A new foodie mecca: A restaurant where lake algae and crispy piranha skin rule

[Peru] Somewhere between the courses of high-altitude lake algae and cooked Peruvian clay came a bowl of frozen piranha heads, their jaws open and razor-sharp teeth bared.

“You don’t eat the fish heads,” the waiter said, amused by my relieved look. Instead, they served as a vessel for two strips of crispy piranha skin resting precariously between the alien-like mouths.

Like much of the dishes at Central — chef Virgilio Martínez’s exotic Lima eatery where haute cuisine meets bizarre foods — the plate of piranha is meant to tell a story.

“The story of Peru,” Martínez had told me earlier.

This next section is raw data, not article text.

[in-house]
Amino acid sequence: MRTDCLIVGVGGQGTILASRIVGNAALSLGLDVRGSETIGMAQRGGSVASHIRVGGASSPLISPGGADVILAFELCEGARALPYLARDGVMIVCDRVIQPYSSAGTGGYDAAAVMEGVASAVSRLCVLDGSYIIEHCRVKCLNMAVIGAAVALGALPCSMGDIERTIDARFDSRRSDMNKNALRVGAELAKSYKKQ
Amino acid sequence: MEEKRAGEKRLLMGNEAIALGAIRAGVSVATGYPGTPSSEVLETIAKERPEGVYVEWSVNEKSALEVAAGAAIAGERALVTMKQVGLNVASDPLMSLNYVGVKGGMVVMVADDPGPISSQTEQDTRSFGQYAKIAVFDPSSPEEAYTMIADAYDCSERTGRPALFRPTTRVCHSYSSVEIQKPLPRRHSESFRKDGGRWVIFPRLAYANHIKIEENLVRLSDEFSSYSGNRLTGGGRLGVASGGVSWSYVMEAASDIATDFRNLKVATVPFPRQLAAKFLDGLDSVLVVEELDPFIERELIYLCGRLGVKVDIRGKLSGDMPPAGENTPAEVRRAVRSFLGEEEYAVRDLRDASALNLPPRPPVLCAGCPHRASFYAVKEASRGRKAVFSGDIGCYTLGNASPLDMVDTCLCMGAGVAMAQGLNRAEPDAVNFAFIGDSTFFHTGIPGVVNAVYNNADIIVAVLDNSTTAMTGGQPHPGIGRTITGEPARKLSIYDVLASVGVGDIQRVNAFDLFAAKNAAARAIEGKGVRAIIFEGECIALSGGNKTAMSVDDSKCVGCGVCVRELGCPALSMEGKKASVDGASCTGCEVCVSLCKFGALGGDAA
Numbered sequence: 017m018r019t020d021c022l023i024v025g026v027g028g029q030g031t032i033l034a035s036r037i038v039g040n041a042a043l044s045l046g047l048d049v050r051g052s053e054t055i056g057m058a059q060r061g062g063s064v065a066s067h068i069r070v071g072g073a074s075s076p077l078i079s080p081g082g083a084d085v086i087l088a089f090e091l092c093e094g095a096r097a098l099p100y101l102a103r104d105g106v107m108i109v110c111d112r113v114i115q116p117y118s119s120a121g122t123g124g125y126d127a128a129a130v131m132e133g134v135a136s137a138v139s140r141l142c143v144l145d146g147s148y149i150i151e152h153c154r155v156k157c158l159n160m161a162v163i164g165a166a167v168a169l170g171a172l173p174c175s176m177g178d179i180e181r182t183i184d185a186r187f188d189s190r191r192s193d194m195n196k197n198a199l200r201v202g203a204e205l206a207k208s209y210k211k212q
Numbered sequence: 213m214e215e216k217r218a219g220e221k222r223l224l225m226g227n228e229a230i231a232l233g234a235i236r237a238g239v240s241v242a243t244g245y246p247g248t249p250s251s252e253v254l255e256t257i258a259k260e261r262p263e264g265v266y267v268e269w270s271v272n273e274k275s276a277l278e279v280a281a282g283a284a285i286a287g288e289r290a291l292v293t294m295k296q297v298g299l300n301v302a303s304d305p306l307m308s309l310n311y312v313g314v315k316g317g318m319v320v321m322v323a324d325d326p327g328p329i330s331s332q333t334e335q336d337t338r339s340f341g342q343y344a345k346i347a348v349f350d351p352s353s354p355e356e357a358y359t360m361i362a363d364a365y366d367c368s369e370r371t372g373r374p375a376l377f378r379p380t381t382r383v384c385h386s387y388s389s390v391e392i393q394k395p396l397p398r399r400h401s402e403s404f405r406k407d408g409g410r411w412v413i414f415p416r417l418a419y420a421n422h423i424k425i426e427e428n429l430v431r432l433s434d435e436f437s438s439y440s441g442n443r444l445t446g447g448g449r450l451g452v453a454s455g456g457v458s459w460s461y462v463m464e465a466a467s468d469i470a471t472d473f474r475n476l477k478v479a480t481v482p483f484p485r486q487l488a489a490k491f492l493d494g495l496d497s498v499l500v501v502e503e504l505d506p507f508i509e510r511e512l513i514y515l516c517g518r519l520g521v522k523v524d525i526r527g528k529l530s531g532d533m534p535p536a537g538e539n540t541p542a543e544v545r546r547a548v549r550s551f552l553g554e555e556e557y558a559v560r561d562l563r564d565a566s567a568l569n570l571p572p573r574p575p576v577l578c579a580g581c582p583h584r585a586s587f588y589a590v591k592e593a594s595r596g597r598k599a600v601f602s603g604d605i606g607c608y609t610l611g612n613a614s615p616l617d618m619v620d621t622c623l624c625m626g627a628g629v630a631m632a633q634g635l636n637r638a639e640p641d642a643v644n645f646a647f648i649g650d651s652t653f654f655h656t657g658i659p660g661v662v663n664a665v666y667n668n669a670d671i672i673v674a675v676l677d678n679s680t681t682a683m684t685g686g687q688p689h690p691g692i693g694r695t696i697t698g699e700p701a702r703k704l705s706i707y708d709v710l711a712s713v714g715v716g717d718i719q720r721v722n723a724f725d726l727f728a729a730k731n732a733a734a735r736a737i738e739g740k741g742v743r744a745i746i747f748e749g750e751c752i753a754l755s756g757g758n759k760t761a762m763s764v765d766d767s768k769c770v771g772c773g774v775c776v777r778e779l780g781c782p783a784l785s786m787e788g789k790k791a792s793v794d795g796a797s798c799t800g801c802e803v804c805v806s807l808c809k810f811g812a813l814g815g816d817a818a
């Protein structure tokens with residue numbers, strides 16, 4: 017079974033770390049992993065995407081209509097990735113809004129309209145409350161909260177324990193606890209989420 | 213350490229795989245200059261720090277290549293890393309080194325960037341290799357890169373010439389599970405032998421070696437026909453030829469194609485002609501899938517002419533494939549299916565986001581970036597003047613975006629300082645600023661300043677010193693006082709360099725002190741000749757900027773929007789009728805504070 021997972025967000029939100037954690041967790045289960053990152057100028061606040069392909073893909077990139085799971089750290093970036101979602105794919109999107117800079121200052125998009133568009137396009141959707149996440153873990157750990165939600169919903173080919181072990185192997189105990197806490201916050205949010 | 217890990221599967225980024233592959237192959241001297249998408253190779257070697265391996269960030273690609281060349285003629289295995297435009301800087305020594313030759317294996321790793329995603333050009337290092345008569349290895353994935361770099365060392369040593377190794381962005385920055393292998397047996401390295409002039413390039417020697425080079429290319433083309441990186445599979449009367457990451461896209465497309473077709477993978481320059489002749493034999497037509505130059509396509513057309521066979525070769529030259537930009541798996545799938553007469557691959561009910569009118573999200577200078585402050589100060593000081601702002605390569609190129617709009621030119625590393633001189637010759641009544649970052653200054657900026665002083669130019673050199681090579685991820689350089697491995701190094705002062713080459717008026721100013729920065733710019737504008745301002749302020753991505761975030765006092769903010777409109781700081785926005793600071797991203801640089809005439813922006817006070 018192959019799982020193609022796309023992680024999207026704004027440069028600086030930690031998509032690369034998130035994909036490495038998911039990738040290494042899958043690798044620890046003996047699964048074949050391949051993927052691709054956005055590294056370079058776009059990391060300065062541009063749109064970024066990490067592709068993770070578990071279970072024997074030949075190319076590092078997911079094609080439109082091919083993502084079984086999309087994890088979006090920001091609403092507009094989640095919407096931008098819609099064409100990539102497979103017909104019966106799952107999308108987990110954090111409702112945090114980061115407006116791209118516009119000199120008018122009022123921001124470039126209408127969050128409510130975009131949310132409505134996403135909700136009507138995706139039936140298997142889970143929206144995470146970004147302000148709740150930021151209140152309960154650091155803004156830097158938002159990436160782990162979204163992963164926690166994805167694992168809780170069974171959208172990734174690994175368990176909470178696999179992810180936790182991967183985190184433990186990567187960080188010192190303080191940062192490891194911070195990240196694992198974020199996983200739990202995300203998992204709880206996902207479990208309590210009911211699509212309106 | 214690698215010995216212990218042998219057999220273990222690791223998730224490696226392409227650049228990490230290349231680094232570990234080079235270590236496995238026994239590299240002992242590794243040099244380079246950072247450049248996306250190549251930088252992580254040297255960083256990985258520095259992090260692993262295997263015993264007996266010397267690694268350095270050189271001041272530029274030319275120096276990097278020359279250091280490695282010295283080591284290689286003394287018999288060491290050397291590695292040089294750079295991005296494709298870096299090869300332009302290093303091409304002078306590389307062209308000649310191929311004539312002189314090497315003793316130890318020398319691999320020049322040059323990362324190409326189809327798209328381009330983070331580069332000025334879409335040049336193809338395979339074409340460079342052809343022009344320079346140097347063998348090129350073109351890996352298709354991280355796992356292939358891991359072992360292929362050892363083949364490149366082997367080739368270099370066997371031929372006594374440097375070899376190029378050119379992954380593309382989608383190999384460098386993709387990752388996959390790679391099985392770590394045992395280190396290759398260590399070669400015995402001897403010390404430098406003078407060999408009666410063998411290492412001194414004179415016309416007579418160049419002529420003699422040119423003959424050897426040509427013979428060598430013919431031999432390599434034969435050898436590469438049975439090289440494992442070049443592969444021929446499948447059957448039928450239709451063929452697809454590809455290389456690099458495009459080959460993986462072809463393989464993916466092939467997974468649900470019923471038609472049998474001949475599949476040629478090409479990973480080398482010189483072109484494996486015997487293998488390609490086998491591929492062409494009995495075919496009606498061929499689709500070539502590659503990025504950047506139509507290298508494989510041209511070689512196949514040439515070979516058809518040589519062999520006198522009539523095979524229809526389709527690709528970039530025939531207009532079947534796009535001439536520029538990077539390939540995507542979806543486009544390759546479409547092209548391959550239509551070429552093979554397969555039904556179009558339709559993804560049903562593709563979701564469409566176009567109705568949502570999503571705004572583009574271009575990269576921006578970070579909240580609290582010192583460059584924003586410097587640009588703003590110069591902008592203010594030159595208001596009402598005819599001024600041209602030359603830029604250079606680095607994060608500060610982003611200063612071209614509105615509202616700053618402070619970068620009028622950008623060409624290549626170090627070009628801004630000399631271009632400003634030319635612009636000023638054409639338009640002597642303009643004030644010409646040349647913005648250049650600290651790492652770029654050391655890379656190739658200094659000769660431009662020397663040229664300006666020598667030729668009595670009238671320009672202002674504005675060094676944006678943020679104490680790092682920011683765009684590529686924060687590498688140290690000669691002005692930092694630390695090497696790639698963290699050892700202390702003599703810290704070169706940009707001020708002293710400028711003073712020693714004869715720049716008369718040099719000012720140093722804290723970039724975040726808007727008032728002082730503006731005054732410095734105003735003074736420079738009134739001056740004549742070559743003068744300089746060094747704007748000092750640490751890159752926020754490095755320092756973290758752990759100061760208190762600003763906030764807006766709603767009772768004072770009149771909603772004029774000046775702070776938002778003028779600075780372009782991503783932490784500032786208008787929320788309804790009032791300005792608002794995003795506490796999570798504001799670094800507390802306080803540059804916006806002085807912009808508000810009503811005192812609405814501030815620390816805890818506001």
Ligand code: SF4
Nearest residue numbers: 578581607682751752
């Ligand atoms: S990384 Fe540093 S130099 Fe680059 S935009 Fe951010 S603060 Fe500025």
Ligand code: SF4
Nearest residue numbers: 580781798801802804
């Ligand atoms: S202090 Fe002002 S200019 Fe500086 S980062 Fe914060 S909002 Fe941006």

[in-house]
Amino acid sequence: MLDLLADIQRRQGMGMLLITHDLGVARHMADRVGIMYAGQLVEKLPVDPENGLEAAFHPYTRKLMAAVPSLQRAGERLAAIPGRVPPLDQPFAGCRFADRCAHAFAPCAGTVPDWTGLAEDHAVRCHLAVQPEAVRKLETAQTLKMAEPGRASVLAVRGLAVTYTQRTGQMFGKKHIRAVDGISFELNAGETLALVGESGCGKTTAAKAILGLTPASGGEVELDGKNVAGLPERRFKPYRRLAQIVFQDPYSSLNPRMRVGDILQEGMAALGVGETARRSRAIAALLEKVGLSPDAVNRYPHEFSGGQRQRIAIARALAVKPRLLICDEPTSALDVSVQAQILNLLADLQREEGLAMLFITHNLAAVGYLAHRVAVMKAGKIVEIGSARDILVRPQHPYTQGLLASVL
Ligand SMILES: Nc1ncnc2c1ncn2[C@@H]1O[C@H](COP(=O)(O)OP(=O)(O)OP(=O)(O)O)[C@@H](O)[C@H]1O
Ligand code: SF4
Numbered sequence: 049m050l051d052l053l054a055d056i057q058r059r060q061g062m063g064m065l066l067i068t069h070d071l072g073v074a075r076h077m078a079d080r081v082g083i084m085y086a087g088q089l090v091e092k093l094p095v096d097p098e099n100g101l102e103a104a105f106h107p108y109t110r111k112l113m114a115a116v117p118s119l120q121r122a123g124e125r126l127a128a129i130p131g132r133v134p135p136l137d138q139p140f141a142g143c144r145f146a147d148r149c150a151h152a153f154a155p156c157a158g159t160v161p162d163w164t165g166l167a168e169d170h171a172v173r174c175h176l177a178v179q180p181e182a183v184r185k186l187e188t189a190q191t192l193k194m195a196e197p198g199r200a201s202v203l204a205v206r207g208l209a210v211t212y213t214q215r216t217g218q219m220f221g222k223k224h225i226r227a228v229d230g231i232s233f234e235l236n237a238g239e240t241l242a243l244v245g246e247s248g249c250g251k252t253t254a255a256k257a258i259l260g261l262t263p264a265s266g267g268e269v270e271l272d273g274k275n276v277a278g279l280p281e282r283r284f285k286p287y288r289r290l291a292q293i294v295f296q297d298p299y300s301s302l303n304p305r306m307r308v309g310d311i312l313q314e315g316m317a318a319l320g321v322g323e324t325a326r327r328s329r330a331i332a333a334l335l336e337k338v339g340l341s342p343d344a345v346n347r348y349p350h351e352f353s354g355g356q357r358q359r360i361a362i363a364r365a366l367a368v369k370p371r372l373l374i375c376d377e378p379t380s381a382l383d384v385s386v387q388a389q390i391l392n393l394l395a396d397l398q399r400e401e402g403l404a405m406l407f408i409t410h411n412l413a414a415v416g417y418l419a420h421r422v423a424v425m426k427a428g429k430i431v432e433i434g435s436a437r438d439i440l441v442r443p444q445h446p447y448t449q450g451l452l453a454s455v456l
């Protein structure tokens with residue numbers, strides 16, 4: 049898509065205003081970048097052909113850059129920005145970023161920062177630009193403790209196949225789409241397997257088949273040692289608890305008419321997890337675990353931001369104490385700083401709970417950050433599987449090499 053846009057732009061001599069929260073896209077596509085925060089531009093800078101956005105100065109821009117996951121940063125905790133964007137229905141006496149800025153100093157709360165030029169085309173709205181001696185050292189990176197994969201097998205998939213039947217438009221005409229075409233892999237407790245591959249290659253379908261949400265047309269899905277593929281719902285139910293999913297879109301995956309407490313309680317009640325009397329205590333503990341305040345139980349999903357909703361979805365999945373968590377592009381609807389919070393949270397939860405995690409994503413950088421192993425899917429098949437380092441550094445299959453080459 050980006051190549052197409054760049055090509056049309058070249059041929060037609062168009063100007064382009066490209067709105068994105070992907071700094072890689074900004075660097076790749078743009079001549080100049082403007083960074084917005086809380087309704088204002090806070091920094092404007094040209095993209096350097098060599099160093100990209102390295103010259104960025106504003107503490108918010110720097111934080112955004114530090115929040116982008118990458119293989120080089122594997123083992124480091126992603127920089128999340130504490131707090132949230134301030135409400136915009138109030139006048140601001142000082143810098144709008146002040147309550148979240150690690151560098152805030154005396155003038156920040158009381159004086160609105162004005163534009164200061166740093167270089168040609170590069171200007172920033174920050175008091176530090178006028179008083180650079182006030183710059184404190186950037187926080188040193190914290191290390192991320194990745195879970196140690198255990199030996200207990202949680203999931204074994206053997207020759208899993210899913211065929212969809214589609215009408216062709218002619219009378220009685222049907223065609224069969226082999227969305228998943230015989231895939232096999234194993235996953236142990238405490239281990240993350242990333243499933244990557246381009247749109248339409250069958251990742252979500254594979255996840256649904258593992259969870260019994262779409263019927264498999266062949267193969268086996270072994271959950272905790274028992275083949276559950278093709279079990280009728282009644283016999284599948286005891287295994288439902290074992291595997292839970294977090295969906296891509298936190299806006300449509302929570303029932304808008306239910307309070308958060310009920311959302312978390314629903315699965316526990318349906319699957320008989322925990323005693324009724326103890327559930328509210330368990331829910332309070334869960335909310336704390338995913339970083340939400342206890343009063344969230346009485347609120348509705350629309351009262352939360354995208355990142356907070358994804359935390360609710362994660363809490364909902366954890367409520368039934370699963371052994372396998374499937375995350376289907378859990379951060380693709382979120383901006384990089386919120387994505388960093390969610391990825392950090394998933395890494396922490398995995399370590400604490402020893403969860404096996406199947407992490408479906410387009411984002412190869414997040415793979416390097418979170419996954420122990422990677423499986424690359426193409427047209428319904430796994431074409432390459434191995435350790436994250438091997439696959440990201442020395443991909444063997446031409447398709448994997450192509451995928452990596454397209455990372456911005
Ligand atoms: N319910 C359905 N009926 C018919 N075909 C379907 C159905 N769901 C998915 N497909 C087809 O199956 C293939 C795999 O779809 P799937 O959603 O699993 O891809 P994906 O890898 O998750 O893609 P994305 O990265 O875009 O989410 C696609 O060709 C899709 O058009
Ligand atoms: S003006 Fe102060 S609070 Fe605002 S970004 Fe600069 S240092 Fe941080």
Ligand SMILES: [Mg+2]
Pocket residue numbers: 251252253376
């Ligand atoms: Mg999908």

Lima has long been on the culinary map, put there years ago by chefs such as Gastón Acurio, who helped take ceviches and pisco sours global. More recently, Martínez has added a novel twist. Using the mountains, deserts and jungles as his pantry, he is serving up dishes with ingredients heretofore consumed mostly by indigenous tribes in hard-to-reach regions of Peru.

His plates with rare fruits and vegetables, along with various things that squirm, seem to have touched a nerve. The World’s 50 Best Restaurants, a listing produced by the British magazine Restaurant and based on the opinions of culinary experts, ranks Central as the fifth-best eatery in the world and No. 1 in Latin America. Martínez also starred in an episode of the Netflix series “Chef’s Table.”

So what’s dinner like at one of the globe’s most unusual restaurants? It’s like Christmas morning, with each of the 17 courses a surprise gift.

The adventure here is mapped on the menu, with each dish listed alongside the altitude where its most interesting ingredient was sourced. Here are a few of the highlights…


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